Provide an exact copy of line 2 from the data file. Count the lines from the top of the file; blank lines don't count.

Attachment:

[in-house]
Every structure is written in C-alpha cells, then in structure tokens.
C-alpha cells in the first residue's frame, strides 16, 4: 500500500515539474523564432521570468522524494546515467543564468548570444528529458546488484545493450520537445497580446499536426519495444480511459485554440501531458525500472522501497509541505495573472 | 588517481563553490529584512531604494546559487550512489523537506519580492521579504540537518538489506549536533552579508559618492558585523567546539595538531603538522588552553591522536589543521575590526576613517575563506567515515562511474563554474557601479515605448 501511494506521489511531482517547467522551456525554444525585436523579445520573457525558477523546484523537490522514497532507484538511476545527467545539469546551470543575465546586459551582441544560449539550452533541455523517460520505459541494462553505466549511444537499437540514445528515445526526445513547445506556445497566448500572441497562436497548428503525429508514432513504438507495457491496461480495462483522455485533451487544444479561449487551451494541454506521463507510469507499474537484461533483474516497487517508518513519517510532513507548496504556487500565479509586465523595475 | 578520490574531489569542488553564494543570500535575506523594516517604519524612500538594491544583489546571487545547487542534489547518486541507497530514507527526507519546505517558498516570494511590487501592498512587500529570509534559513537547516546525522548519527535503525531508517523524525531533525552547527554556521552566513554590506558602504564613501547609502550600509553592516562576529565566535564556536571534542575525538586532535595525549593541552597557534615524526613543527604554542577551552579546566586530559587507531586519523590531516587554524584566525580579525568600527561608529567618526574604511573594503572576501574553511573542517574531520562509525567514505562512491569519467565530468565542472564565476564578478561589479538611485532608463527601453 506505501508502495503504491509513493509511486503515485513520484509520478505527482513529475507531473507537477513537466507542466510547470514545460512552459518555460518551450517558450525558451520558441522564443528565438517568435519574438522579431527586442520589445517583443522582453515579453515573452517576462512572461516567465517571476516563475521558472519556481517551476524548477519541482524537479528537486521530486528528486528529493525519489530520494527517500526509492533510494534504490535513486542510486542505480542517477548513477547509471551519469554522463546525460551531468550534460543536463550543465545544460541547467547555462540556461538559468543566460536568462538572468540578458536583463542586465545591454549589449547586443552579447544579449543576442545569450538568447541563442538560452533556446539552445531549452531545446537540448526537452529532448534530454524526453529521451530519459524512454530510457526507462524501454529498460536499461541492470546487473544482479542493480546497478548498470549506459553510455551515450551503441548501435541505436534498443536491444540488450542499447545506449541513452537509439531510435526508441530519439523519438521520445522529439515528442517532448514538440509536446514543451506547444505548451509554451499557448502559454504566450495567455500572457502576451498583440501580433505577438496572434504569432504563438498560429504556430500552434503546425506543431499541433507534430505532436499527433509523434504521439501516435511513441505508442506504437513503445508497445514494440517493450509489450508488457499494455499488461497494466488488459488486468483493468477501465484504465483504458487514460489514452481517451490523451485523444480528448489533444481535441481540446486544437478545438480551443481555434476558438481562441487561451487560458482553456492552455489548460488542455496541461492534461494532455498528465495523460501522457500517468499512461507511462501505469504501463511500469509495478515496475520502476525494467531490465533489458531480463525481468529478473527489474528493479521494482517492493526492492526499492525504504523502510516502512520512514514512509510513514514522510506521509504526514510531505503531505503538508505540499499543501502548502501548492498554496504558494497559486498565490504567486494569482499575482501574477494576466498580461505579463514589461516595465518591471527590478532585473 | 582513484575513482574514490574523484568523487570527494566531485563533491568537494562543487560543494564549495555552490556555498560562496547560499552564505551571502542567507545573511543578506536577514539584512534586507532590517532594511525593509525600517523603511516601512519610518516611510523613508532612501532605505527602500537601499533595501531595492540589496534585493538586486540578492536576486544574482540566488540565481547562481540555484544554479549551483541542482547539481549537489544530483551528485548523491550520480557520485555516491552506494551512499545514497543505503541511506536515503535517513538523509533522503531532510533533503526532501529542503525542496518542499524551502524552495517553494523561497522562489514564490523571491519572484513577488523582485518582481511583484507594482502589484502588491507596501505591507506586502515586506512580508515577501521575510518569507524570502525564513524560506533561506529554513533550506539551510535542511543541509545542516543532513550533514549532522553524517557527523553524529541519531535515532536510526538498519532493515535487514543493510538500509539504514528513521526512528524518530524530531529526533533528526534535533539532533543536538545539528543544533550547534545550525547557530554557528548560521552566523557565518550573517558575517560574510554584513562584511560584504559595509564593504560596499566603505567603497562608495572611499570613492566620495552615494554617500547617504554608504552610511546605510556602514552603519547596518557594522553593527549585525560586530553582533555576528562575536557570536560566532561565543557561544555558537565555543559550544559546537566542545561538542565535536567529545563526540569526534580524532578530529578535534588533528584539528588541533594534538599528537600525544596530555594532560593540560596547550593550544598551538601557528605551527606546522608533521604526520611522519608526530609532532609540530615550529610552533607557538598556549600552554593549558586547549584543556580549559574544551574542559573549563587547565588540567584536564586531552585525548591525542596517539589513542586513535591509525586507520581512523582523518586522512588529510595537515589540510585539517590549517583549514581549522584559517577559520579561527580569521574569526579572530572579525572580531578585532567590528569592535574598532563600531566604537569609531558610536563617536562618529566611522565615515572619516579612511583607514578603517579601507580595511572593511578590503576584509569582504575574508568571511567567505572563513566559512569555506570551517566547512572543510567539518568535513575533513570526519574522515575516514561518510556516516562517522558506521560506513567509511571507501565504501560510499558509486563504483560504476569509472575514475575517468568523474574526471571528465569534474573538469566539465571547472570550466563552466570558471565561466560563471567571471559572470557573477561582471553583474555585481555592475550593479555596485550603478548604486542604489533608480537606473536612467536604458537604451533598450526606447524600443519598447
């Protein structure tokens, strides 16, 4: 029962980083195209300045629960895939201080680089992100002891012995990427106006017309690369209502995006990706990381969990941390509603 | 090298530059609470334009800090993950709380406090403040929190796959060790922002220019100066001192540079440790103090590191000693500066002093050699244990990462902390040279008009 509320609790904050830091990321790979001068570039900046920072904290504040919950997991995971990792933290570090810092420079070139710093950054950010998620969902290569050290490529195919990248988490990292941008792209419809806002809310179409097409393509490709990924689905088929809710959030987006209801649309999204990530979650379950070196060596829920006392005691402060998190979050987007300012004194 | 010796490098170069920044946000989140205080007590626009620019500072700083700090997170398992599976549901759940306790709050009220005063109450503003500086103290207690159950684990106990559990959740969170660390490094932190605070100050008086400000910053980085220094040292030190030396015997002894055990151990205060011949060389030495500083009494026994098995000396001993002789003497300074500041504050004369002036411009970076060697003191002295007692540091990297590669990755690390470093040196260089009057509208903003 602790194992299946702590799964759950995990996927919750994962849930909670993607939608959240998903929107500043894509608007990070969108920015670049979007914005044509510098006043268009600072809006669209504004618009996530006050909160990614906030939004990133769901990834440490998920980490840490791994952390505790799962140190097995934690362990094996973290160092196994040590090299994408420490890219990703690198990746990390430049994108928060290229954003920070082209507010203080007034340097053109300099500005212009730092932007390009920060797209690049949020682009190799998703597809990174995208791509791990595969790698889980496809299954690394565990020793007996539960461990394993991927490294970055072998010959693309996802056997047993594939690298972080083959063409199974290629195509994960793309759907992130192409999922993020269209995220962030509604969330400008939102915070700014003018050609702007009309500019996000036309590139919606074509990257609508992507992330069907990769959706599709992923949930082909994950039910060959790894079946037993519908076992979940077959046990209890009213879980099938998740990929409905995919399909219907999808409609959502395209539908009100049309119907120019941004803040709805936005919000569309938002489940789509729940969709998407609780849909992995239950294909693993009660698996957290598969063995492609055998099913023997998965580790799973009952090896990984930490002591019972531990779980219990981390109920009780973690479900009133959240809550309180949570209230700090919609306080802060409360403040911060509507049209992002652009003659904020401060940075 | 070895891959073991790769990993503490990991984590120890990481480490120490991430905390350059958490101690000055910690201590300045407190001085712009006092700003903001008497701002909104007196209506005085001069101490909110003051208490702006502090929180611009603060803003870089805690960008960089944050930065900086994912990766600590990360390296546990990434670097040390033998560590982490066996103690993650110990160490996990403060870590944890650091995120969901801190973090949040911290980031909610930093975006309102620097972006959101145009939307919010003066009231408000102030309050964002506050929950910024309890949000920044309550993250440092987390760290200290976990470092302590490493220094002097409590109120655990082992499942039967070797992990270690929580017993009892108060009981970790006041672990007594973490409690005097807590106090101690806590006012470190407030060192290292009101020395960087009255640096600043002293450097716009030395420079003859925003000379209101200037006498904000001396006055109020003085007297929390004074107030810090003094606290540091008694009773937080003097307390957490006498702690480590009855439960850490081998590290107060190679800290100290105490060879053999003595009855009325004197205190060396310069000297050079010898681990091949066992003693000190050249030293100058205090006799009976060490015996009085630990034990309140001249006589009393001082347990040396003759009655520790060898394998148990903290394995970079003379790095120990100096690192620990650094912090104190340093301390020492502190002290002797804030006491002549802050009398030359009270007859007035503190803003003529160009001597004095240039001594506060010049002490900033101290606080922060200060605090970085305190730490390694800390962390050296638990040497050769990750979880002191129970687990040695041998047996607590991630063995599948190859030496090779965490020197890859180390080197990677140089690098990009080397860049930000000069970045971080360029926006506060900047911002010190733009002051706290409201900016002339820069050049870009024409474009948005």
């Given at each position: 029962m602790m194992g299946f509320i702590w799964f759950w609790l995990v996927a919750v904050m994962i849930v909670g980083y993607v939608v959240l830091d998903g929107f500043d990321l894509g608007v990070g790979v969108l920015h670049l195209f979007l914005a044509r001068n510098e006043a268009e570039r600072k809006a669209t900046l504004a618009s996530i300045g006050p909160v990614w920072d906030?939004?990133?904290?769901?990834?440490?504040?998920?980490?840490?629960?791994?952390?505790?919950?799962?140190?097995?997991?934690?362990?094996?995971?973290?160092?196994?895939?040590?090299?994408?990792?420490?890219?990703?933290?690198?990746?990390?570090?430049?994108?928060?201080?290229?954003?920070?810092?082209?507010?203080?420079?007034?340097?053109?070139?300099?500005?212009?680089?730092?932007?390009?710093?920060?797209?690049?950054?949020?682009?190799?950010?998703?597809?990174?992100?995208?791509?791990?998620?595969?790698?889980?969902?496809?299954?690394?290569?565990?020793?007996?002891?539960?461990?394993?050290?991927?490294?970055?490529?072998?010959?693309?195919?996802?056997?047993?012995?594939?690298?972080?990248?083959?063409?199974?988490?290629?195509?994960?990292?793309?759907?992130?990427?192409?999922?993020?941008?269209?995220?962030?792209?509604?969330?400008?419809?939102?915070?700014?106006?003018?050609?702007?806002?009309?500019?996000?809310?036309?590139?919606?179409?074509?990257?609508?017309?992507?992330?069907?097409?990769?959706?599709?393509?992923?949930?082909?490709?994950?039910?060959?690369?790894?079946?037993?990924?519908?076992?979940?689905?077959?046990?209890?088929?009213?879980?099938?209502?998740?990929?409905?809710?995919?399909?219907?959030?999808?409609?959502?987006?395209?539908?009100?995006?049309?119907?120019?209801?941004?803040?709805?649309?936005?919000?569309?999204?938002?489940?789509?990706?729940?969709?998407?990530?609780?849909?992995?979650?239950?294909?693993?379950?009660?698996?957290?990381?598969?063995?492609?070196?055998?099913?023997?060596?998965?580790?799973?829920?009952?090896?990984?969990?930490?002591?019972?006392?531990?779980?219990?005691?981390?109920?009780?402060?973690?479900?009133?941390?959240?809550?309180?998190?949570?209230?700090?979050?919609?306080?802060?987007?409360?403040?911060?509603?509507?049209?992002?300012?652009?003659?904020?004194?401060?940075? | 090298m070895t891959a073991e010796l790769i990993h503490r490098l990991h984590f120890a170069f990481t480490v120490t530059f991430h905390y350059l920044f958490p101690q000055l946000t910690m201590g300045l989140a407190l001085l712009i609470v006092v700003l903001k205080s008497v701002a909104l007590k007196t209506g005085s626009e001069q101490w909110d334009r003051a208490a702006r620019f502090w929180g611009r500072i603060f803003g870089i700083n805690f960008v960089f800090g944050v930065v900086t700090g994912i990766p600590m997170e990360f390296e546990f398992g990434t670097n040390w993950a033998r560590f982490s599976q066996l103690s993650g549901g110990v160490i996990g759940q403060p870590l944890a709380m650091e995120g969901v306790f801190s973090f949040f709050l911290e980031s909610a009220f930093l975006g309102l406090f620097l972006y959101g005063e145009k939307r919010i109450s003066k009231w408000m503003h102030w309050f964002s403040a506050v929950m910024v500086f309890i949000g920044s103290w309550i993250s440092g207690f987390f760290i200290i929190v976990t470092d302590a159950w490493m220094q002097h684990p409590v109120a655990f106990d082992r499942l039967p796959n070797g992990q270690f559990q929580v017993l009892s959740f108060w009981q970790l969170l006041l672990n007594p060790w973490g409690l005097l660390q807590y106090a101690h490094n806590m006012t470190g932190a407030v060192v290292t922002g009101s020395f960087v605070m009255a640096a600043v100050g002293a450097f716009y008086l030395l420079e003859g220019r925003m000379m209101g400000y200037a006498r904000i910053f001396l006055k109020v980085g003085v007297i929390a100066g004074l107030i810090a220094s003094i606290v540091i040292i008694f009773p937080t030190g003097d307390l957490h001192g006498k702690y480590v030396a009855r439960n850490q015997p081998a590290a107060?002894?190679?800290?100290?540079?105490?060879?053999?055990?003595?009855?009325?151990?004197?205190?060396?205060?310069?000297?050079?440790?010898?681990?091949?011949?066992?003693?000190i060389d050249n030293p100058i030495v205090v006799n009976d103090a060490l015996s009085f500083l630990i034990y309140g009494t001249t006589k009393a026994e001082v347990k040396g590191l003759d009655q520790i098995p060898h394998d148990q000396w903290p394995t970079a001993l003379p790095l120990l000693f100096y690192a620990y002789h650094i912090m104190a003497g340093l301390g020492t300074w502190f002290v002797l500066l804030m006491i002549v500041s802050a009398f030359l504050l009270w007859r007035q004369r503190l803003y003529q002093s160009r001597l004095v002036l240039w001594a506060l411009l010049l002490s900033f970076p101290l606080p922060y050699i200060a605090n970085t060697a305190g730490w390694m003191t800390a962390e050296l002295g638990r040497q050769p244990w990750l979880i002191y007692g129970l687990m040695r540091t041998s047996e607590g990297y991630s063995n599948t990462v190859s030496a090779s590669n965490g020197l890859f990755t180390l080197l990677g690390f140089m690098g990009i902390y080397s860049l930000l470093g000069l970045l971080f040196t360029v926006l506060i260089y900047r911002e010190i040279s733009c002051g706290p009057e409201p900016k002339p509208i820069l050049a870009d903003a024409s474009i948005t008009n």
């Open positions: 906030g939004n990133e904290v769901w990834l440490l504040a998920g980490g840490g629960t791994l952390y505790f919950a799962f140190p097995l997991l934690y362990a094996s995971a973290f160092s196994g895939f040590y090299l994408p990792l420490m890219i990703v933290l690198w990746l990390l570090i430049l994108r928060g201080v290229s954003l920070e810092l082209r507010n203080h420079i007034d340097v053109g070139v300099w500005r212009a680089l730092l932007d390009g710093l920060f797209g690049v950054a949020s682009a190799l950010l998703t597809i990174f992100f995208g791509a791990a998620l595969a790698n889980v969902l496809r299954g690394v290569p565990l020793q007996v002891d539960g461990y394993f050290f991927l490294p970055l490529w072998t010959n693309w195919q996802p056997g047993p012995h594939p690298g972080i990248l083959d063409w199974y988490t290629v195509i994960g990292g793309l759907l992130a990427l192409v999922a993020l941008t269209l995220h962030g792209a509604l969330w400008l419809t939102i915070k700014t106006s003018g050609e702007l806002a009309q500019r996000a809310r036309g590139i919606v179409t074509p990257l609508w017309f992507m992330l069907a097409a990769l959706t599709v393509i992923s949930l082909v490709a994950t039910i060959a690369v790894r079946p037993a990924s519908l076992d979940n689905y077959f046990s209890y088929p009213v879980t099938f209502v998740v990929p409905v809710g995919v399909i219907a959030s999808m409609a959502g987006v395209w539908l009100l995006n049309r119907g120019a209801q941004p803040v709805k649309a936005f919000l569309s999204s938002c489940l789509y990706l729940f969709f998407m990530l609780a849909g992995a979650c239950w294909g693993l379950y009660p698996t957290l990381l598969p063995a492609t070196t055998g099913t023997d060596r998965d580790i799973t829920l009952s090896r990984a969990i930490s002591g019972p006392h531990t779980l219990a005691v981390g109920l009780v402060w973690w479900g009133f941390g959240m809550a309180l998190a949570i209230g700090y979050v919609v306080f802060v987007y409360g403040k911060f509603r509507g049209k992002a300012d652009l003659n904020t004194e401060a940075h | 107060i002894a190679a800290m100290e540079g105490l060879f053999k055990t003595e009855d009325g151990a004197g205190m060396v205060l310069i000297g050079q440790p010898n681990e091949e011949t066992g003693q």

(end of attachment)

Every structure is written in C-alpha cells, then in structure tokens.